Dear Mr Postman - yesterday's letter was so interesting, I hadn't realised how important the date palm was to the rise of the human race, as we explored and expanded our horizons from our ancestral beginnings, through the "old" world and into modern times. I wonder what today's letter will be about ...
There are, believe it or not, around 2,600 species of palm, most of which grow in tropical, subtropical or warm temperate climates - of which the date palm is just one! It would appear that when Gondwanaland split apart creating today's continents the early palms went too .. allowing these numerous species to exhibit an enormous diversity of physical characteristics, as well as inhabiting nearly every type of habitat within their range, from rainforests to deserts.
Palms have great economic importance across the world and include - coconut products - milk, flesh, coir (used in doormats, brushes, mattresses and ropes); rattan stems used extensively in furniture and baskets; palm oil; palm sap can be fermented to produce palm wine or toddy (an alcoholic beverage) common in parts of Africa, India and the Philippines; "Dragon's blood", a red resin used traditionally in medicine, varnish and dyes; Sago Palm (a palm like cycad) provides a major staple food; palm leaves are also valuable to some people as a material for thatching or clothing; while date palms continue to provide a concentrated energy food.
Palms are notable for having individual trees with ........ the largest seed - the Coco de Mer (40 - 50 cms in diameter and weighing 15 - 30 kg each); ...... the largest leaf - Raffia Palms (25 m long and 3 m wide); ....... the Corypha species having the largest inflorescence of any plant, up to 7.5m tall and containing millions of small flowers; ...... while Columbia's national tree has the tallest monocot in the world, reaching heights of 60 metres. (The monocot is the simplest of the taxonomic orders and other than palms, includes irises, grasses, bamboos, daffodils etc).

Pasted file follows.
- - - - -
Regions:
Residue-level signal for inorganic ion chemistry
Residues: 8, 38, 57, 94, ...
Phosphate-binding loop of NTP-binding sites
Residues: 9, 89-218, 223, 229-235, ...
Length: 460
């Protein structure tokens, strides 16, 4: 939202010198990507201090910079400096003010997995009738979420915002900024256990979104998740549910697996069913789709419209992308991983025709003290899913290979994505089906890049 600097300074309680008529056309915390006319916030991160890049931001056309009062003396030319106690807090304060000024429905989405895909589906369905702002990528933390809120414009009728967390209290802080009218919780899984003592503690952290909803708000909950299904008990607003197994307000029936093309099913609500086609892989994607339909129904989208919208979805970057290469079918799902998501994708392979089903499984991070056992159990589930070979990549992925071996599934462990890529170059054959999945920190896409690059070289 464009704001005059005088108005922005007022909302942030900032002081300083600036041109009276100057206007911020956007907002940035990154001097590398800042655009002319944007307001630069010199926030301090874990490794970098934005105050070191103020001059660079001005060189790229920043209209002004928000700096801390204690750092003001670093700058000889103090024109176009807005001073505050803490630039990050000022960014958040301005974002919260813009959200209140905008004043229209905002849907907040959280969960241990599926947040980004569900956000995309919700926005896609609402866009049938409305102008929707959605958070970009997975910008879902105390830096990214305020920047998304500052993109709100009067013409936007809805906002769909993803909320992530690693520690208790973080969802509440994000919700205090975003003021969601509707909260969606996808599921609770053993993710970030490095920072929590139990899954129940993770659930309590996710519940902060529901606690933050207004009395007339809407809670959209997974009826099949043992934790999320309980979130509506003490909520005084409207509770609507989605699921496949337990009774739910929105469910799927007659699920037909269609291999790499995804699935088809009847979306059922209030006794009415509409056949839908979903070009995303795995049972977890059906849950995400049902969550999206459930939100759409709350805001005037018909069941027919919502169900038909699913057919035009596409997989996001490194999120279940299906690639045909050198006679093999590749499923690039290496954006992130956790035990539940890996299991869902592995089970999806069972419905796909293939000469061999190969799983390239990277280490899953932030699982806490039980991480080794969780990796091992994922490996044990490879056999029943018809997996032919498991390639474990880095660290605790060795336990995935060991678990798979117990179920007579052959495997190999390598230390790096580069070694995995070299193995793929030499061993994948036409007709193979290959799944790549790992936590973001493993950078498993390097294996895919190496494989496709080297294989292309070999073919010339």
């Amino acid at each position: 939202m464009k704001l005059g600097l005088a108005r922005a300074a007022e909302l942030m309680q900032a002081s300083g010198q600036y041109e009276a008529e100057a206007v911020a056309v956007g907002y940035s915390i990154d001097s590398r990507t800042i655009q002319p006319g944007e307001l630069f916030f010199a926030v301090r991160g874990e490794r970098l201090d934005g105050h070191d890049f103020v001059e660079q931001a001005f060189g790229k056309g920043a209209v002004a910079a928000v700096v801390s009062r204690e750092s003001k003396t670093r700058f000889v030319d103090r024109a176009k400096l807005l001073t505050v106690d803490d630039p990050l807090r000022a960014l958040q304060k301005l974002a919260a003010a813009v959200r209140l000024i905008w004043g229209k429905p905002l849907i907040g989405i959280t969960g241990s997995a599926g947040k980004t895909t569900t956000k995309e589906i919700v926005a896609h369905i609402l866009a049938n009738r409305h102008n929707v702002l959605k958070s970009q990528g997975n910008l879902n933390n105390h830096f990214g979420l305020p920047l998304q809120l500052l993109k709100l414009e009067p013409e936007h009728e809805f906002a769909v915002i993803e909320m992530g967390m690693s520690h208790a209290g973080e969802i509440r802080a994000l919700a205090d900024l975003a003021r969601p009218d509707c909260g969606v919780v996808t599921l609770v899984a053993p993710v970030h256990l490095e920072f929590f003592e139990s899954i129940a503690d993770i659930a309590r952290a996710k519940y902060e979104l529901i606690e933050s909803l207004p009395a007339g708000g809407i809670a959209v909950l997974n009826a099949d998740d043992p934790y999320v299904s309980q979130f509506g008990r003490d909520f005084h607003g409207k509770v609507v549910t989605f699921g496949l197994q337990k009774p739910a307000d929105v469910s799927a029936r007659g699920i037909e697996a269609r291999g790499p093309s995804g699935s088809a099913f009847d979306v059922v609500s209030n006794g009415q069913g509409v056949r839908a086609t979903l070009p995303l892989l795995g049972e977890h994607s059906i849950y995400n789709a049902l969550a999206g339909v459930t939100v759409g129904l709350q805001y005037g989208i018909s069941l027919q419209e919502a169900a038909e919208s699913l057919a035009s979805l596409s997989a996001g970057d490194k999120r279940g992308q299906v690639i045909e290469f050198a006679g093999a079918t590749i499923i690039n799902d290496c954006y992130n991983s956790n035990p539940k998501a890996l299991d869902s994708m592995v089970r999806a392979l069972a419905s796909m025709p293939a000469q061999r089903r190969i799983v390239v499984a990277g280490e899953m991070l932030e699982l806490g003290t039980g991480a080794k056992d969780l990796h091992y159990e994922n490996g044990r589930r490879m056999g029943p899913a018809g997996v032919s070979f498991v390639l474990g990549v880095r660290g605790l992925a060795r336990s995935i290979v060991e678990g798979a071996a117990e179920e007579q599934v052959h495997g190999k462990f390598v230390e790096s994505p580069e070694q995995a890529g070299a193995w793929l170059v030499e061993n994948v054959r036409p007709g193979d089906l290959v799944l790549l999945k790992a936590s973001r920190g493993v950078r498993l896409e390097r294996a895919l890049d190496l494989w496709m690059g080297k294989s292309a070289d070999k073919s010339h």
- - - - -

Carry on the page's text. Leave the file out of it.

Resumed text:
Palms are also valuable as ornamental plants in gardens and on the streets of our towns and cities, and feature in botanical gardens or as indoor plants. However the southeastern state of South Carolina nicknamed the Palmetto State after the Cabbage Palmetto has another claim to fame ... during the American Revolutionary War these palm logs were invaluable to those defending Fort Moultrie, because their spongy wood absorbed or deflected the British cannonballs!
Palms however are an endangered species .. being threatened by human intervention and exploitation e.g.: heart palms in salads, as harvesting kills the palm, extensive use of rattan furniture has caused a major palm population decrease - which negatively affects local and international markets as well as biodiversity in the areas. Palms rarely reproduce after great change - e.g.: destruction of their habitat for urbanisation, wood-chipping, mining and conversion to farmland.
We have so much to learn about our biodiversity before we destroy it all and it is wonderful that there are global organisations researching, protecting, storing, recording, educating, as well as teaming up with various organisations around the world - both large, small and very local - to spread the word that we must protect and care for our environment.
Thank you Mr Postman that was most interesting .. palms are obviously so important to so many peoples and play their symbolic role during this Holy Week - will you be bringing us a letter on Maundy money tomorrow .. you will - oh good!